It’s amusing to realize that honest intentions soon become clear to everyone, and the sole aim to establish your personal practice translates to people as passion and your complete dependence on your practice translates into confidence in your skillset.

Having taken the bold step, they were soon approached by a prospective client to design a residence 150 kilometres away from Delhi. The duo fondly recalls, “He met us with his curiosities & insecurities in hiring us for obvious reasons. Our insistence for him to visit our office (a garage space with no sunlight & rolling shutters) while we had nothing to showcase, no staff other than the both of us but happily talking about architecture in general for 2 hours, all worked out quite well and the meeting landed us our first project.”

Bringing up the very important factor of professional remuneration, they put on paper a prominent point. “When it comes to the fee structure, the total amount can vary amongst architects. Initially, what matters more is not the total amount but schedule of the fee. A little leniency while negotiating won’t harm as much as a wrong schedule of payment. Starting to work on a project without an advance doesn’t seem that bad an option when the desperation for getting work is extreme, but such a mistake will directly lead to losing the required authority as a consultant and eventually even if made, the project will not reach your portfolio in the manner you would want. Running an office is an expensive affair, so initially one should try to negotiate on monthly payouts rather than a construction based payment schedule. Finally, as construction takes a lot of time and gets stressful, patience is the key to culminate the project into reaching your portfolio.”

Starting to work on a project without an advance doesn’t seem that bad an option when the desperation for getting work is extreme, but such a mistake will directly lead to losing the required authority as a consultant and eventually even if made, the project will not reach your portfolio in the manner you would want.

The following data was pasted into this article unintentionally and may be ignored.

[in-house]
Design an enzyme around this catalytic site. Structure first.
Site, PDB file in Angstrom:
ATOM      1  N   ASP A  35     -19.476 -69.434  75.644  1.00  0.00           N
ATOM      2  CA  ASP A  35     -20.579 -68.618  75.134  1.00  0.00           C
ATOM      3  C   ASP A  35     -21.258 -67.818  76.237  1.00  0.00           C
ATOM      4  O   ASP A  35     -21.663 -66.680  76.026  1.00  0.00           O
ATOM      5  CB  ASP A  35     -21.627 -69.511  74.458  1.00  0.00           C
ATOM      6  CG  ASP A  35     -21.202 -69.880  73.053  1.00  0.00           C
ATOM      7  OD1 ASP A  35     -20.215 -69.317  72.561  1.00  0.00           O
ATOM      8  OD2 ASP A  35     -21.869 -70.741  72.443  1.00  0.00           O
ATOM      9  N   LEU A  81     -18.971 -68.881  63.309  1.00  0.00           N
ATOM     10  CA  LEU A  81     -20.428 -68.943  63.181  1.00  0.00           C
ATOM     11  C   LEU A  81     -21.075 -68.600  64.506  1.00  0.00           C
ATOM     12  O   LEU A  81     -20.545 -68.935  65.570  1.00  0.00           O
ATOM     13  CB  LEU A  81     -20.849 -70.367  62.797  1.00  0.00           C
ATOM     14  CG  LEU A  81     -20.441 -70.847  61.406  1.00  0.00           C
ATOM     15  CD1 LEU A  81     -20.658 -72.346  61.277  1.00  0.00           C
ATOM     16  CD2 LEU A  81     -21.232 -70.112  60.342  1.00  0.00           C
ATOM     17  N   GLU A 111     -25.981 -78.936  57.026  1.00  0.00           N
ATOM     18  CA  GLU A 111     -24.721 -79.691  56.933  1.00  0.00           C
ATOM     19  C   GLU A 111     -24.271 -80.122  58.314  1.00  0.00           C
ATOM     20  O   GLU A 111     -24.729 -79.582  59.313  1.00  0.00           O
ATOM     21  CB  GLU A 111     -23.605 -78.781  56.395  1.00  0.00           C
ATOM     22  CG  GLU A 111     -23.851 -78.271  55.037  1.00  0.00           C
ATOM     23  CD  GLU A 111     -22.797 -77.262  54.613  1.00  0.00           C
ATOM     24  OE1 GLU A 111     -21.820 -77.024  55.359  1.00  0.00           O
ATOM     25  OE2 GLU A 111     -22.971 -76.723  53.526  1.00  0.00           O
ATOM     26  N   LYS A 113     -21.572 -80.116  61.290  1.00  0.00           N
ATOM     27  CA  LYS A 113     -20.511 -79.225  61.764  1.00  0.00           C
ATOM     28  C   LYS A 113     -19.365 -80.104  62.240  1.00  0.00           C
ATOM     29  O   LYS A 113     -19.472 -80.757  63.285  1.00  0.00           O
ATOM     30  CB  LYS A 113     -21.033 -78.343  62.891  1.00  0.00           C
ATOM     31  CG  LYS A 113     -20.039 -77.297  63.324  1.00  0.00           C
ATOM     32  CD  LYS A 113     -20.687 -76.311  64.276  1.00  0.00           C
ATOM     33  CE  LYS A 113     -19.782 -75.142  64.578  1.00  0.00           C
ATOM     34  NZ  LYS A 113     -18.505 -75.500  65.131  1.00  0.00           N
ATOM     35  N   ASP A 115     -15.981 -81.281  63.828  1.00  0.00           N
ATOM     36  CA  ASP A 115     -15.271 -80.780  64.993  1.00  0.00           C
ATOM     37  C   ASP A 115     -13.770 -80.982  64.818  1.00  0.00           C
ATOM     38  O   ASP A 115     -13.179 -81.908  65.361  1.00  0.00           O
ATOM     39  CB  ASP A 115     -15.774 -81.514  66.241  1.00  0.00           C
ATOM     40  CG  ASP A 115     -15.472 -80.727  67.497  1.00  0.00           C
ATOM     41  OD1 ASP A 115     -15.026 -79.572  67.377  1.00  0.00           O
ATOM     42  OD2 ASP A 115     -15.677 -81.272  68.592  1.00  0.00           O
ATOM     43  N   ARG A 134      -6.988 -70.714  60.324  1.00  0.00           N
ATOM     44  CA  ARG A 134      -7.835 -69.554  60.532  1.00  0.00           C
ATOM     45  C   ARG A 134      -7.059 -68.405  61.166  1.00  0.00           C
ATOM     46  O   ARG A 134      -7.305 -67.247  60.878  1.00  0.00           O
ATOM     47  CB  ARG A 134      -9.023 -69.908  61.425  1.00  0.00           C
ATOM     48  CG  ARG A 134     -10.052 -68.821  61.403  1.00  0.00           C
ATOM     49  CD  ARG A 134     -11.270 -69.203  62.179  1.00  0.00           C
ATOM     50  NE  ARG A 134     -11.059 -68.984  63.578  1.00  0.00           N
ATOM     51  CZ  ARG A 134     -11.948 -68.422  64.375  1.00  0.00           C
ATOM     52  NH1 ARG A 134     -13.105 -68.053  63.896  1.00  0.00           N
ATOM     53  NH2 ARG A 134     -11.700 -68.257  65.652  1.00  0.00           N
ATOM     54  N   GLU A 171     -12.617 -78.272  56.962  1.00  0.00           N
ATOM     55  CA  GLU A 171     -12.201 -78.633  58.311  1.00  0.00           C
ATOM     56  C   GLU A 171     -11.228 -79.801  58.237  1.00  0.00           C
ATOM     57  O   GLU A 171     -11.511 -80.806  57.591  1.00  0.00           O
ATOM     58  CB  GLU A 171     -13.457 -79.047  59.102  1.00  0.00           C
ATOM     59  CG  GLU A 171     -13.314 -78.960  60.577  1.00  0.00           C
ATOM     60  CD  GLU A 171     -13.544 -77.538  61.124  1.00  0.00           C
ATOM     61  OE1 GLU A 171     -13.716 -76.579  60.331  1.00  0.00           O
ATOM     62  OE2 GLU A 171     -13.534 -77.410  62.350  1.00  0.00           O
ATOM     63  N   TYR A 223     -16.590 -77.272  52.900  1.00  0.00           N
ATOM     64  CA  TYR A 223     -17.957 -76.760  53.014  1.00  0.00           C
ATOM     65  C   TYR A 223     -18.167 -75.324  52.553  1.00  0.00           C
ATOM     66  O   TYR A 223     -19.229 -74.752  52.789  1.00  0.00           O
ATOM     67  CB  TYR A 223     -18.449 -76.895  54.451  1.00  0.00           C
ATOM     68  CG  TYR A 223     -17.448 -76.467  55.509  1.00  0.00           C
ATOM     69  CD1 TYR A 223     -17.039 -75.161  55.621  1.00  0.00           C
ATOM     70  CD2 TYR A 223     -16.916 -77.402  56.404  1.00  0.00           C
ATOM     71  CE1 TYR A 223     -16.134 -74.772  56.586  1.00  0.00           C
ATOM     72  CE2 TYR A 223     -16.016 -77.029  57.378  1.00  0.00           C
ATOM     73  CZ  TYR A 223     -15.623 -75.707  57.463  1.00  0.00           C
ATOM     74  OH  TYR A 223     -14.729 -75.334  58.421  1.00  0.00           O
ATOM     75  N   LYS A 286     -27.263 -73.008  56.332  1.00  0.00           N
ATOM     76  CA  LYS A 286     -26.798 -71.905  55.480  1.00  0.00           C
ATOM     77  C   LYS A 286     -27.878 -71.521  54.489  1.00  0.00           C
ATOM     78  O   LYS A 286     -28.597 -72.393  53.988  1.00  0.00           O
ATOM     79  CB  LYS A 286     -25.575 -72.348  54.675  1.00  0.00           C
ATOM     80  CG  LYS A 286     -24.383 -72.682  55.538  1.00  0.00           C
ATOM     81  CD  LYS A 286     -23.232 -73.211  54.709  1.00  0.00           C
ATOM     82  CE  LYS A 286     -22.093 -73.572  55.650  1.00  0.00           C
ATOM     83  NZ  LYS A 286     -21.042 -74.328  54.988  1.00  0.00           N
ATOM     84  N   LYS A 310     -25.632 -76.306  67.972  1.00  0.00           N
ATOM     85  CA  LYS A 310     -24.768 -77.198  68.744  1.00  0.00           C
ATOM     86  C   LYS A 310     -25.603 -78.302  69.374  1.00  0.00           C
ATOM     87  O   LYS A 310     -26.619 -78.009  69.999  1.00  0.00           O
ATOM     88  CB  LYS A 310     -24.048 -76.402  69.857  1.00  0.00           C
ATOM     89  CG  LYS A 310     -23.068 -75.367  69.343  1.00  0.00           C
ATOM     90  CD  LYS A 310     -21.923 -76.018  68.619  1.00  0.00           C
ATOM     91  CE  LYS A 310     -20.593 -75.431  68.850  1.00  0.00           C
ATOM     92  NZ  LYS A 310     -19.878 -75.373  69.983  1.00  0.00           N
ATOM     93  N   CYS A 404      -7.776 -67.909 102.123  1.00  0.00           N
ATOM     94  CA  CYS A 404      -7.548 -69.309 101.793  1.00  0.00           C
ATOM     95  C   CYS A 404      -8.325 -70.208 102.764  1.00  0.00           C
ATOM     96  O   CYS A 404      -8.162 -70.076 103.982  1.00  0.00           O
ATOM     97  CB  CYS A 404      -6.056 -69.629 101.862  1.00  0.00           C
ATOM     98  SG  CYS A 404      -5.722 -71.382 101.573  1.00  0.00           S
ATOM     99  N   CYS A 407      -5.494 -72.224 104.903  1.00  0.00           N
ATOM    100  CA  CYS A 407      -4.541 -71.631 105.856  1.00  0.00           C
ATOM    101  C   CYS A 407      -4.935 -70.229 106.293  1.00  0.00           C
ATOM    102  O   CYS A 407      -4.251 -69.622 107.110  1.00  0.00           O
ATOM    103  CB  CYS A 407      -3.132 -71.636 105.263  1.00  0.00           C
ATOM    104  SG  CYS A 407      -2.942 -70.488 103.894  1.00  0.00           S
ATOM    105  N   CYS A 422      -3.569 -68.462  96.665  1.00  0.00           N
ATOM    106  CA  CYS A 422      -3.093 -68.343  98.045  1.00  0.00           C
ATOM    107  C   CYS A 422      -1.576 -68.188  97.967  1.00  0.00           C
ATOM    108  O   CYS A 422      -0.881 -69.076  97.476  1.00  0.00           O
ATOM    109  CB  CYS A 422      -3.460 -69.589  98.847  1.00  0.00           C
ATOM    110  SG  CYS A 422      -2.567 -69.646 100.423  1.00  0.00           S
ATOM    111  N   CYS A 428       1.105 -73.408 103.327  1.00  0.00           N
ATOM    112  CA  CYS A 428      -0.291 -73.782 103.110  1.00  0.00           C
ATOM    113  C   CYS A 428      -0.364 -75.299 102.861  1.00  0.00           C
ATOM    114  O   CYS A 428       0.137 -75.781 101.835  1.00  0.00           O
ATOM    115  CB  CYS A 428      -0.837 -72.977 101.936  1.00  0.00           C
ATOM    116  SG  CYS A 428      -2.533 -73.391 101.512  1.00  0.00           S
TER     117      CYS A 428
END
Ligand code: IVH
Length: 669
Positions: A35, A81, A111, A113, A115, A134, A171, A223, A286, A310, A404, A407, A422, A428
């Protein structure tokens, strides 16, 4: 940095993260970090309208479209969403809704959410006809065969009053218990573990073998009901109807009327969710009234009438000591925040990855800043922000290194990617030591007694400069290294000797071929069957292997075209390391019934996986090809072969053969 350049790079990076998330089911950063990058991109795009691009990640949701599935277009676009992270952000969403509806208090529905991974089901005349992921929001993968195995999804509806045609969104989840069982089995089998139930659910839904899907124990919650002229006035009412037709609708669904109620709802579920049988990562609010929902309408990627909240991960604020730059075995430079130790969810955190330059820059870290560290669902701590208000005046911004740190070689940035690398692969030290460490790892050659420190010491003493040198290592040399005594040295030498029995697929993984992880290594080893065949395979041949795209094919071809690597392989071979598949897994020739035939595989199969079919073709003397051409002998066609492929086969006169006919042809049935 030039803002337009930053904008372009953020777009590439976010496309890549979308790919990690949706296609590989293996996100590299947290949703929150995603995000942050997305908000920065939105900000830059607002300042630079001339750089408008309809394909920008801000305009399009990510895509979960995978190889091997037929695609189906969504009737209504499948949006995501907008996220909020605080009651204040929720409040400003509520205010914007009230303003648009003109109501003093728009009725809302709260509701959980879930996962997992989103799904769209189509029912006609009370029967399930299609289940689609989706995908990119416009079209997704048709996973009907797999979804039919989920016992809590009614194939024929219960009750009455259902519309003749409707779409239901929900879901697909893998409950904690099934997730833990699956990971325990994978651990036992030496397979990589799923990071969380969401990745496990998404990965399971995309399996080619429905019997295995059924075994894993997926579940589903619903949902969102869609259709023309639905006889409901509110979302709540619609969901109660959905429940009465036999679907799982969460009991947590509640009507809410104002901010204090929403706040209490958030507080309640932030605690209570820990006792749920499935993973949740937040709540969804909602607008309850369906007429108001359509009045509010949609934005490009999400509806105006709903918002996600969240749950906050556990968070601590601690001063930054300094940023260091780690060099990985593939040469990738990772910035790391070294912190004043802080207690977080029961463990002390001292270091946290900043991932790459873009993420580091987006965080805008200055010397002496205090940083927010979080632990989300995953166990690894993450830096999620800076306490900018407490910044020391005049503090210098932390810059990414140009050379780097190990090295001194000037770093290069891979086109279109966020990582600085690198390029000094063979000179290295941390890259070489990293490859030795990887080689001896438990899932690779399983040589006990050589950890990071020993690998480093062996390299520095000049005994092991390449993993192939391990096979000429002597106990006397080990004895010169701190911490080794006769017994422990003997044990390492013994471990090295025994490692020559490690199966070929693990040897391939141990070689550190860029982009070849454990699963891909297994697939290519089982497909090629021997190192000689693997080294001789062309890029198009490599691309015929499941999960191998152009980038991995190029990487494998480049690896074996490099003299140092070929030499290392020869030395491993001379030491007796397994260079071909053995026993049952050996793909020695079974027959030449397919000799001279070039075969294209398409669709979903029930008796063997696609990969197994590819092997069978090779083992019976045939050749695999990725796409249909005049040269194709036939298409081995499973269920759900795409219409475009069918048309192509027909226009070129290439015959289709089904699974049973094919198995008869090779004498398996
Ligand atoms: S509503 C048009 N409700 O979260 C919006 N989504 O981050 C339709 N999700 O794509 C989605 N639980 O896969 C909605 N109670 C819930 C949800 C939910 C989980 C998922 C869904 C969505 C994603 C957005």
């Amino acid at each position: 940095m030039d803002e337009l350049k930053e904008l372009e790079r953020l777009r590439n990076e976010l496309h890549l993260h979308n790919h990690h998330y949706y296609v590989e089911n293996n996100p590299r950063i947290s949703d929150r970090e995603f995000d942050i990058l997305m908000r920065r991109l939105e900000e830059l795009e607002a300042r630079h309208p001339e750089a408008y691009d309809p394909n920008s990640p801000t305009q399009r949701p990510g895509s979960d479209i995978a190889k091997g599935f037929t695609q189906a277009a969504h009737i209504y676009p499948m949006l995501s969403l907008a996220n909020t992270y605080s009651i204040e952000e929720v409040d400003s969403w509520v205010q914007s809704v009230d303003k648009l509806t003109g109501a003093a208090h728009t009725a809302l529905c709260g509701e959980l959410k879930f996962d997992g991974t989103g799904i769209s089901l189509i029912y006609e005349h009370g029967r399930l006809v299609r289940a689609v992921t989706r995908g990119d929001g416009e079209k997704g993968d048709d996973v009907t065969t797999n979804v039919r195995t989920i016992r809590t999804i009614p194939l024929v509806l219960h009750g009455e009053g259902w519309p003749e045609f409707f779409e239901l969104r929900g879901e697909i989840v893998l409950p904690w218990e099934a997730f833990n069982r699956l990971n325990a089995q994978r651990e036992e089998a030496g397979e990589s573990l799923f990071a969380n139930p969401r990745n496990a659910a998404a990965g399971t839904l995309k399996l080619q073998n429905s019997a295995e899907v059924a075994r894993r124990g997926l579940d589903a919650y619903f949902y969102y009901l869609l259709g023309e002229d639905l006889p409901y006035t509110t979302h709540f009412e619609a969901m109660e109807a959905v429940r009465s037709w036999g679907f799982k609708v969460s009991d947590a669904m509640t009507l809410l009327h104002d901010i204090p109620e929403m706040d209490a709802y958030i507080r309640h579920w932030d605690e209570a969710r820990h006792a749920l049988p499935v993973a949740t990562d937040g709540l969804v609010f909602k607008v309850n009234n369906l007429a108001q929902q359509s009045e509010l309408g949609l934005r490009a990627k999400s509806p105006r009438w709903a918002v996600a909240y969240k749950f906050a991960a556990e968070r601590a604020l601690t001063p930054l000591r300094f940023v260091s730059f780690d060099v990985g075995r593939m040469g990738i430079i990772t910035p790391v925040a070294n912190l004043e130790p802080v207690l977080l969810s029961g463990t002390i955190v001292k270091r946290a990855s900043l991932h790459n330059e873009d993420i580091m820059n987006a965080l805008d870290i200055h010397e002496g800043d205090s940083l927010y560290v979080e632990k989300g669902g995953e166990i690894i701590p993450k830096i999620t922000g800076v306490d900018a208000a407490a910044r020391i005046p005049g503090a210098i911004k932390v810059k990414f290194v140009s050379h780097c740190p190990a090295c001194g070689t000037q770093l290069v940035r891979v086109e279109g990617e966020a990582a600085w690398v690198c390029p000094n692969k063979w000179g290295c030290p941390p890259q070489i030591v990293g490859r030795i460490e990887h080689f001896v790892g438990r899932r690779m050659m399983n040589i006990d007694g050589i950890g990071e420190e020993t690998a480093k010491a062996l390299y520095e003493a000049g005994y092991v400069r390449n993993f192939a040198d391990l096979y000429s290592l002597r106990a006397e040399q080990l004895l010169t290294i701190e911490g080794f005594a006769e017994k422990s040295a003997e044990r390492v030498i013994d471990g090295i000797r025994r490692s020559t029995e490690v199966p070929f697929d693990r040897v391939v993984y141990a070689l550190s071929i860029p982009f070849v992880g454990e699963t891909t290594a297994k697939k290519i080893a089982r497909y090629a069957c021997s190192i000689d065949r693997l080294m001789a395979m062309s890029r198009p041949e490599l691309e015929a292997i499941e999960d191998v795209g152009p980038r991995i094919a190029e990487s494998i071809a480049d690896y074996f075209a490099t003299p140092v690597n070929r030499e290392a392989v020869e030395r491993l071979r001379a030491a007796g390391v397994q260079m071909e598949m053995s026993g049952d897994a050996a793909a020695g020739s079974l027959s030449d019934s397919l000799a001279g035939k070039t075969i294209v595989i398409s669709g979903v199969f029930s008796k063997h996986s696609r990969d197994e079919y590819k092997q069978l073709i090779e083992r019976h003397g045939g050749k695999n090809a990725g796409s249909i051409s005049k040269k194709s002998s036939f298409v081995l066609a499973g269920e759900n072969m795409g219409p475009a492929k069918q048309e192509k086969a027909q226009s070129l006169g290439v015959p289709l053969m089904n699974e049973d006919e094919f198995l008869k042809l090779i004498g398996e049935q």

The founders believe that contemporary young practices can find numerous small-scale projects to easily sustain their practice while simultaneously reaching out to find larger projects. “With a more travelled and exposure-rich set of clients today, every small-scale project now requires a high level of skill set. The amazing level of detailing that can be seen today even in single dwellings will definitely inspire a lot of young talent to venture, sustain & flourish.”

Talking of public recognition and identity, they agree to the fact that social media has been the game changer. With the enormous reach, it saves a lot of time unlike earlier days to reach out to people personally, they opine. “These pocket-friendly platforms definitely help in setting foot into the entrepreneurial world. In fact, it is also useful in knowing what our contemporaries are doing. Inspirations today are just a click away. This age of going beyond boundaries while sitting at the confinement of your studio is a luxury we all must intend to embody.”

In the final few minutes, they suggest the new generation be fearless. “To all the budding champions of Architecture, the math is odd but if you start, you are already halfway through. Always remember to respect the Cultural relevance, get motivated by Contextual bandwidth & compete through pure indulgence in Creativity.”

In the coming few days, we will be publishing more stories on the upcoming design practices of the country. Watch out this space for further inspiring stories on young practices from their founders!

You might also like

Share your comments

This site uses Akismet to reduce spam. Learn how your comment data is processed.